Mercury Montego

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There is also a British car called the Austin Montego.
Mercury Montego
2005 Mercury Montego
Manufacturer Mercury (Ford)
Production 1968–1976
Assembly Atlanta, Georgia, United States
Milpitas, California, United States
Lorain, Ohio, United States
Chicago, Illinois, United States
Oakville, Ontario, Canada

The Mercury Montego is a nameplate that was applied to three distinct vehicles marketed by Mercury. The nameplate first appeared in 1967 in Canada as part of the Mercury-derived Meteor line. In 1968, it was introduced in the United States as part of the intermediate lineup, becoming the Mercury equivalent of the two generations of the Ford Torino for its entire production run. For the 1977 model year, all intermediate Mercurys adopted the Cougar nameplate and the Montego line was dropped.

From the 2005 to 2007, the Montego name was revived for a full-size car, a rebadged variant of the Ford Five Hundred, slotting in between the Mercury Milan and the Mercury Grand Marquis. For 2008, the Montego adopted the nameplate of the car it was intended to replace, becoming the Mercury Sable.

The Montego name is derived from the of Montego Bay, Jamaica.

First generation (1968–1971)[edit]

'69 Mercury Montego (Auto classique Salaberry-De-Valleyfield '11).JPG
1969 Mercury Montego 2-door hardtop
Production 1968–1971
Body and chassis
Class Intermediate
Body style 4-door sedan
4-door wagon
2-door hardtop coupe
2-door convertible
Layout FR layout
Related Ford Torino
Engine 250 cu in (4.1 L) I6
302 cu in (4.9 L) V8
351 cu in (5.8 L) V8
390 cu in (6.4 L) V8
400 cu in (6.6 L) V8
429 cu in (7.0 L) V8
Transmission 3-speed automatic
3-speed manual
4-speed manual
Wheelbase 116.0 in (2,946 mm)
113.0 in (2,870 mm) (wagon)[1]
117.0 in (2,972 mm) (1970-71)
114.0 in (2,896 mm) (70-71 wagon)
Length 206.0 in (5,232 mm)
204.0 in (5,182 mm) (wagon)
Predecessor Mercury Comet
Successor Mercury Cougar (coupe)
Mercury Monarch (sedan & wagon)

The Montego was introduced for 1968 as an upscale version of the intermediate Mercury Comet, which it eventually supplanted after 1969. It was essentially a twin of the Ford Torino. The Cyclone was a high performance variant of the Montego through 1971.

The 1968 models were available in four body styles: four-door sedan, two-door hardtop, station wagon and convertible, in base and fancier MX trim.

For 1970, the convertible was dropped, but new four-door hardtops and woodgrained MX Villager station wagon were added to the model selection. The 1970 and 1971 Montegos (and Cyclones) were notable for their striking forward-thrusting hood and grille centers. Concealed headlamps provided extra distinction for 1970 Broughams and Villagers.

1969 Mercury Montego MX Villager station wagon
1969 Mercury Montego MX convertible

Second generation (1972-1976)[edit]

1974 Mercury Montego MX Brougham.jpg
1974 Mercury Montego MX Brougham
1974 Mercury Montego MX Brougham interior.jpg
Production 1972–1976
Body and chassis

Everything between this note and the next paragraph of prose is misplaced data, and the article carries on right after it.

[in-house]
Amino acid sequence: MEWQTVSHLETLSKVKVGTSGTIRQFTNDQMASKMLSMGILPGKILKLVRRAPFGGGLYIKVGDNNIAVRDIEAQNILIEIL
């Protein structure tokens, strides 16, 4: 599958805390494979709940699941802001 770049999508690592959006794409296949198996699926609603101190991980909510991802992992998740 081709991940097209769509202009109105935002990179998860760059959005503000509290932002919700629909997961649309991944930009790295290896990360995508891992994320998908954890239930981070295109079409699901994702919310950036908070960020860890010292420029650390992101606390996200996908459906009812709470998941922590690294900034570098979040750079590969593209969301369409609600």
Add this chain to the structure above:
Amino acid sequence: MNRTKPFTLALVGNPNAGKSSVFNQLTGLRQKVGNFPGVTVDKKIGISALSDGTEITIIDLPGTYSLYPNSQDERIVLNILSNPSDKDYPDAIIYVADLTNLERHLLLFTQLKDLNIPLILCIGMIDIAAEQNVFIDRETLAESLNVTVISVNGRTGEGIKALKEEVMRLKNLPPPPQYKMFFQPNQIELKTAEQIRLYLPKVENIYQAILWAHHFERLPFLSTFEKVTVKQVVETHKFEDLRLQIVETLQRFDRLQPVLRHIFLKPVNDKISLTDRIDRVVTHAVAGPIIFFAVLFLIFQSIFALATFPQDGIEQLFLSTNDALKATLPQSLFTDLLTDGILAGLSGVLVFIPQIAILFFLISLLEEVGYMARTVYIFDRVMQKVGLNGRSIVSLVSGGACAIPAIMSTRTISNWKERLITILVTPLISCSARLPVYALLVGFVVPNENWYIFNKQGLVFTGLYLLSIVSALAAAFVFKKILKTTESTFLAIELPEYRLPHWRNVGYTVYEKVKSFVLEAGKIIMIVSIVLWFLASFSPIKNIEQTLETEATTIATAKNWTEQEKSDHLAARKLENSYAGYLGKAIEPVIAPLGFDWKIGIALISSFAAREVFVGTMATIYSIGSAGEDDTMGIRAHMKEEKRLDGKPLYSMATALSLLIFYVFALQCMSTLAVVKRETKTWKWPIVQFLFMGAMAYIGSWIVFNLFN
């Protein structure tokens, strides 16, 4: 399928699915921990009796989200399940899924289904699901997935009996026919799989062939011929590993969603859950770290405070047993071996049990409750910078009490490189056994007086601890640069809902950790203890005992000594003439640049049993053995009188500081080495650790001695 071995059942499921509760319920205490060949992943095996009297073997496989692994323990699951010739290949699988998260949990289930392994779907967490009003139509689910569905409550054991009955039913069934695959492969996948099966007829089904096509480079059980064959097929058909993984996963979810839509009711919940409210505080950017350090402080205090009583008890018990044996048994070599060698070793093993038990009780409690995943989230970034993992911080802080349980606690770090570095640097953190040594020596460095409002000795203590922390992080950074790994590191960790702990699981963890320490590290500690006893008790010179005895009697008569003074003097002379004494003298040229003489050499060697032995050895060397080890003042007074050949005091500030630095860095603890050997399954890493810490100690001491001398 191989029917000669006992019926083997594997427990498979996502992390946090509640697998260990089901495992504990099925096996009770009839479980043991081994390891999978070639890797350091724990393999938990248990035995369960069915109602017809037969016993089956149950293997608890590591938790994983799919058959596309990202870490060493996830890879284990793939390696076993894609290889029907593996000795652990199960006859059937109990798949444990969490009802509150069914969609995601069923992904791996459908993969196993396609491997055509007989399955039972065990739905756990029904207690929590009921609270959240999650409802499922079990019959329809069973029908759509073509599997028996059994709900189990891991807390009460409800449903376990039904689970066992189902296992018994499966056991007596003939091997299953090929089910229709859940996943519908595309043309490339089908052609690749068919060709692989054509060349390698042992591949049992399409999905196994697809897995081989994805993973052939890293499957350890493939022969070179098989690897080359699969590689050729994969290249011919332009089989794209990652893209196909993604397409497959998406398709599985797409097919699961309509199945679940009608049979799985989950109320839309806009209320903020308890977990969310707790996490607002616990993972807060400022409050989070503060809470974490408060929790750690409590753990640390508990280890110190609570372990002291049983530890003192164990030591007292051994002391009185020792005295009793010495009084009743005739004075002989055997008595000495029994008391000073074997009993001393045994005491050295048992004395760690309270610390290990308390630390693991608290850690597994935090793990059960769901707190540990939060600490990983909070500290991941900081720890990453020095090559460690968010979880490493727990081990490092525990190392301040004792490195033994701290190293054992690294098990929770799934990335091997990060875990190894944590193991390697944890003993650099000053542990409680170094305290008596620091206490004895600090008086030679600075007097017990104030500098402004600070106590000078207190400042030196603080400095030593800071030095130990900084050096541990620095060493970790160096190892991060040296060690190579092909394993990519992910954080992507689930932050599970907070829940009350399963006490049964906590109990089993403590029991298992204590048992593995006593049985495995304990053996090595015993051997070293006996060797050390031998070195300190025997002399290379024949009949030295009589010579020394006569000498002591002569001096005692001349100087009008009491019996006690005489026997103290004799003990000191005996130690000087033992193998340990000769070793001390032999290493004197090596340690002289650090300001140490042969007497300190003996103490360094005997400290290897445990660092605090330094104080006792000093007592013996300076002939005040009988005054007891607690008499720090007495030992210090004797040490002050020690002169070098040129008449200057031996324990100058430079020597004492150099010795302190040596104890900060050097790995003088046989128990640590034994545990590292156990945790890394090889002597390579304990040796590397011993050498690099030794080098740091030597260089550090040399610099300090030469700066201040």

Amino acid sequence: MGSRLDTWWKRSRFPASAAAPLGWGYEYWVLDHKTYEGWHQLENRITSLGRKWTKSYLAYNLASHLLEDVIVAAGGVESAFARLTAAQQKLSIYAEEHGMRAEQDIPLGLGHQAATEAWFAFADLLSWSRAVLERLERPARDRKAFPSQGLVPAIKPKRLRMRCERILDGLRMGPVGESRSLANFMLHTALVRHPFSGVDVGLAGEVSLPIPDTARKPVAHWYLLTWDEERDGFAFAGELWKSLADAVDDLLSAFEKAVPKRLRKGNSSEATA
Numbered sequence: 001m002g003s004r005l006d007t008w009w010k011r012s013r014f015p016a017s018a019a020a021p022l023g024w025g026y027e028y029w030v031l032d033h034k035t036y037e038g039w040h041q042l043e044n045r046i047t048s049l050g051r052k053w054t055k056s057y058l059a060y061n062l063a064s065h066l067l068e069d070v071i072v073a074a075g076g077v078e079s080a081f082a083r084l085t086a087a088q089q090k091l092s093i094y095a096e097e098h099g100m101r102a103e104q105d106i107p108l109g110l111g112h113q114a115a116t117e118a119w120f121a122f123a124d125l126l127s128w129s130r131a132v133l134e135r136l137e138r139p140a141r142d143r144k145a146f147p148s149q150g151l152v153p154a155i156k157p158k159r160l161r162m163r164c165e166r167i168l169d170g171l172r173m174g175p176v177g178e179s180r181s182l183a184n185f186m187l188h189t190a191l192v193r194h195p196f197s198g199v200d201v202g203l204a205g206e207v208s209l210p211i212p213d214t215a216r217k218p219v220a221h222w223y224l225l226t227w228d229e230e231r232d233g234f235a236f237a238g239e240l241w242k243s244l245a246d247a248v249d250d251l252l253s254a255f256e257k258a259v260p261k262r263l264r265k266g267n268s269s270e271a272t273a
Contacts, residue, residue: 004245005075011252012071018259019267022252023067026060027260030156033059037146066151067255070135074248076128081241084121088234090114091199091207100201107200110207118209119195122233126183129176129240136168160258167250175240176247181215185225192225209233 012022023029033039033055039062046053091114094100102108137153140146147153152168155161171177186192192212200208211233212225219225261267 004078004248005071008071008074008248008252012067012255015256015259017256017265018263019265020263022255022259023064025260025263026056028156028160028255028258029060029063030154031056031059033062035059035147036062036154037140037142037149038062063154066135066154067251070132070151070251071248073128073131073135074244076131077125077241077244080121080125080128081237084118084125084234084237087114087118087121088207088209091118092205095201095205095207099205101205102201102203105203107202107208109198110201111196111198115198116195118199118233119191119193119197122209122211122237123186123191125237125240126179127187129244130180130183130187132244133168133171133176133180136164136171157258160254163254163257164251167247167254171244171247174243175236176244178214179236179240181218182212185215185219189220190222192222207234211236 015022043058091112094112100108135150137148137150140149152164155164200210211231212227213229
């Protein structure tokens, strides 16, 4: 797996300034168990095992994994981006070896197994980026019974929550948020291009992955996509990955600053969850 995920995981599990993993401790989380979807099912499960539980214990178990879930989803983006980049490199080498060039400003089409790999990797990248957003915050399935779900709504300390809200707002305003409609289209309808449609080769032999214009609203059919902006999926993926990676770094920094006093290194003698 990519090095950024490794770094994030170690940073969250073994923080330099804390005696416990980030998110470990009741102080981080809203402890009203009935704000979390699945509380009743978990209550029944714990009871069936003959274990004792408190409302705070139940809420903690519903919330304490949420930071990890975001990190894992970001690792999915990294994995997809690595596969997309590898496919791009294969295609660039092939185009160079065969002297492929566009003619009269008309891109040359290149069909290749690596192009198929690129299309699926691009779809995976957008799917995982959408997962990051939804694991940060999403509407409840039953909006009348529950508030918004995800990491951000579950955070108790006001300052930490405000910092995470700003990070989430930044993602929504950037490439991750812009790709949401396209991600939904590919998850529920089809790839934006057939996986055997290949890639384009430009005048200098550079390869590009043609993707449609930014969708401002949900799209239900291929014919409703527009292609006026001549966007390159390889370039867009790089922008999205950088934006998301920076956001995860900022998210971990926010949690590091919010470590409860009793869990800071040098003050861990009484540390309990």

Class Intermediate
Body style 4-door sedan
4-door station wagon
2-door hardtop coupe
2-door fastback coupe
Layout FR layout
Related Ford Torino
Mercury Cougar
Engine 250 cu in (4.1 L) I6
302 cu in (4.9 L) V8
351 cu in (5.8 L) V8
390 cu in (6.4 L) V8
400 cu in (6.6 L) V8
460 cu in (7.5 L) V8[1][2]
Transmission 3-speed automatic
3-speed manual
Wheelbase 118.0 in (2,997 mm) (sedan, wagon)
114.0 in (2,896 mm) (coupe, convert.)[2]
Length 223.1 in (5,667 mm) (sedan, wagon)
215.5 in (5,474 mm) (coupe, convert.)
Predecessor Mercury Comet
Mercury Cyclone
Successor Mercury Cougar (sedan & wagon)
Mercury Monarch (coupe)

The 1972 Montego (and Torino, which the Montego very closely resembled)[3] was fully restyled. Whereas previous Montegos (except wagons) had been produced on a single wheelbase with unitized construction, the 1972-1976 models were built body-on-frame and used a 114-inch (2,900 mm) span for coupe models, 118 inches for sedans and wagons. Although Ford called the four-door sedans "pillared hardtops", they used a thin "B" pillar with frameless door glass, and true four-door hardtops were not offered in this generation. In 1972 and 1973, a sporty fastback coupe called Montego GT (mirroring Ford's Gran Torino SportsRoof) was offered, replacing the Cyclone. 1972 sales were up 136% over the previous year,[4] with the MX Brougham showing enormous increases, almost 897% in the 2-door and nearly 1,021% in the 4-door.[4]

Montego sales through 1973 remained good, but were subsequently depressed by gas mileage concerns, and in-house competition from a restyled 1974 Cougar cast in the personal luxury mold and built on the Montego's platform with similar styling, and the more efficient Monarch introduced for 1975. For 1977, the Montego name was dropped, with Mercury's restyled intermediates all taking the Cougar name.

Six-cylinder engines were offered in Montegos through 1973. V8 power—up to a massive 460 cubic inches from 1974 forward—was available throughout the entire run.

Mercury Montego GT
1974 Mercury Montego MX Villager station wagon

Third generation (2005–2007)[edit]

Main article: Ford Five Hundred
2005–2007 (D333)
2004-2006 Mercury Montego.jpg
2005 Mercury Montego Premier
Also called Ford Five Hundred
Production 2005–2007
Assembly Chicago, Illinois, United States
Body and chassis
Class Full-size
Body style 4-door sedan
Layout Front engine, front-wheel drive / four-wheel drive
Platform Ford D3 platform
Related Ford Taurus (2008-2009)
Ford Freestyle/Ford Taurus X
Volvo S80
Engine 3.0 L Duratec 30 V6 203 hp
Transmission Ford/ZF CVT
6-speed Aisin automatic
Wheelbase 112.9 in (2,868 mm)
Length 200.4 in (5,090 mm)
Width 74.5 in (1,892 mm)
Height 61.5 in (1,562 mm)
Predecessor Mercury Sable
Successor Mercury Sable

For the 2005 model year, Mercury revived the Montego nameplate after a 29-year hiatus, entering production on July 12, 2004.[5] As the larger of the two sedans intended to replace the Mercury Sable (the other being the 2006 Mercury Milan), the Montego was introduced as the Mercury version of the Ford Five Hundred. The first all-new full-size Mercury since the 1992 redesign of the Grand Marquis, the introduction of the Montego marked the first time since 1974 that Mercury offered two full-size model lines. In place of the three trims of the Five Hundred, the Montego was offered in two: Luxury and Premier.